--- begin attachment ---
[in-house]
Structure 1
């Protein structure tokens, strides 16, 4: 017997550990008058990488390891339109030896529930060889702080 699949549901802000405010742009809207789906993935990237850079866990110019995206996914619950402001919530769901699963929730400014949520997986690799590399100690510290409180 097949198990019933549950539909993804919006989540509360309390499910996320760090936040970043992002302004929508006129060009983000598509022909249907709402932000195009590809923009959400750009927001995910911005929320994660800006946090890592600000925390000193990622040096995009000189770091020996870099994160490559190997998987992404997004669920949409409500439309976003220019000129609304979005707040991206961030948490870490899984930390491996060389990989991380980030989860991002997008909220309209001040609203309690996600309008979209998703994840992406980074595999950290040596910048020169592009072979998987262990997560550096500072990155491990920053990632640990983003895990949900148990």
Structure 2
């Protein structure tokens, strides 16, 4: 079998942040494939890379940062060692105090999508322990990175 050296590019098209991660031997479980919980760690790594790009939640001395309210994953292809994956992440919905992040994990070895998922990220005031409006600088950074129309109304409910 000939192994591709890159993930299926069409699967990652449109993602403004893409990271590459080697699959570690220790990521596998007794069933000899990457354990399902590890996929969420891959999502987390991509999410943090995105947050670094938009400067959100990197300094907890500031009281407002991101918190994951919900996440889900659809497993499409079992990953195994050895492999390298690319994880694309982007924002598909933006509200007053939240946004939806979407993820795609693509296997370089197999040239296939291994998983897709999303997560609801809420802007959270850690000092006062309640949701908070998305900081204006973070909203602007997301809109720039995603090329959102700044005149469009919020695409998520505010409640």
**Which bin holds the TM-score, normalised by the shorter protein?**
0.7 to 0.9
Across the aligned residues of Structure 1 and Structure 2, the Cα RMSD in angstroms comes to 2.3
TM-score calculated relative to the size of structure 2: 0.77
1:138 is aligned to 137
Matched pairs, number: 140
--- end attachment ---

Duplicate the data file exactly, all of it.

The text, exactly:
[in-house]
Structure 1
């Protein structure tokens, strides 16, 4: 017997550990008058990488390891339109030896529930060889702080 699949549901802000405010742009809207789906993935990237850079866990110019995206996914619950402001919530769901699963929730400014949520997986690799590399100690510290409180 097949198990019933549950539909993804919006989540509360309390499910996320760090936040970043992002302004929508006129060009983000598509022909249907709402932000195009590809923009959400750009927001995910911005929320994660800006946090890592600000925390000193990622040096995009000189770091020996870099994160490559190997998987992404997004669920949409409500439309976003220019000129609304979005707040991206961030948490870490899984930390491996060389990989991380980030989860991002997008909220309209001040609203309690996600309008979209998703994840992406980074595999950290040596910048020169592009072979998987262990997560550096500072990155491990920053990632640990983003895990949900148990």
Structure 2
């Protein structure tokens, strides 16, 4: 079998942040494939890379940062060692105090999508322990990175 050296590019098209991660031997479980919980760690790594790009939640001395309210994953292809994956992440919905992040994990070895998922990220005031409006600088950074129309109304409910 000939192994591709890159993930299926069409699967990652449109993602403004893409990271590459080697699959570690220790990521596998007794069933000899990457354990399902590890996929969420891959999502987390991509999410943090995105947050670094938009400067959100990197300094907890500031009281407002991101918190994951919900996440889900659809497993499409079992990953195994050895492999390298690319994880694309982007924002598909933006509200007053939240946004939806979407993820795609693509296997370089197999040239296939291994998983897709999303997560609801809420802007959270850690000092006062309640949701908070998305900081204006973070909203602007997301809109720039995603090329959102700044005149469009919020695409998520505010409640």
**Which bin holds the TM-score, normalised by the shorter protein?**
0.7 to 0.9
Across the aligned residues of Structure 1 and Structure 2, the Cα RMSD in angstroms comes to 2.3
TM-score calculated relative to the size of structure 2: 0.77
1:138 is aligned to 137
Matched pairs, number: 140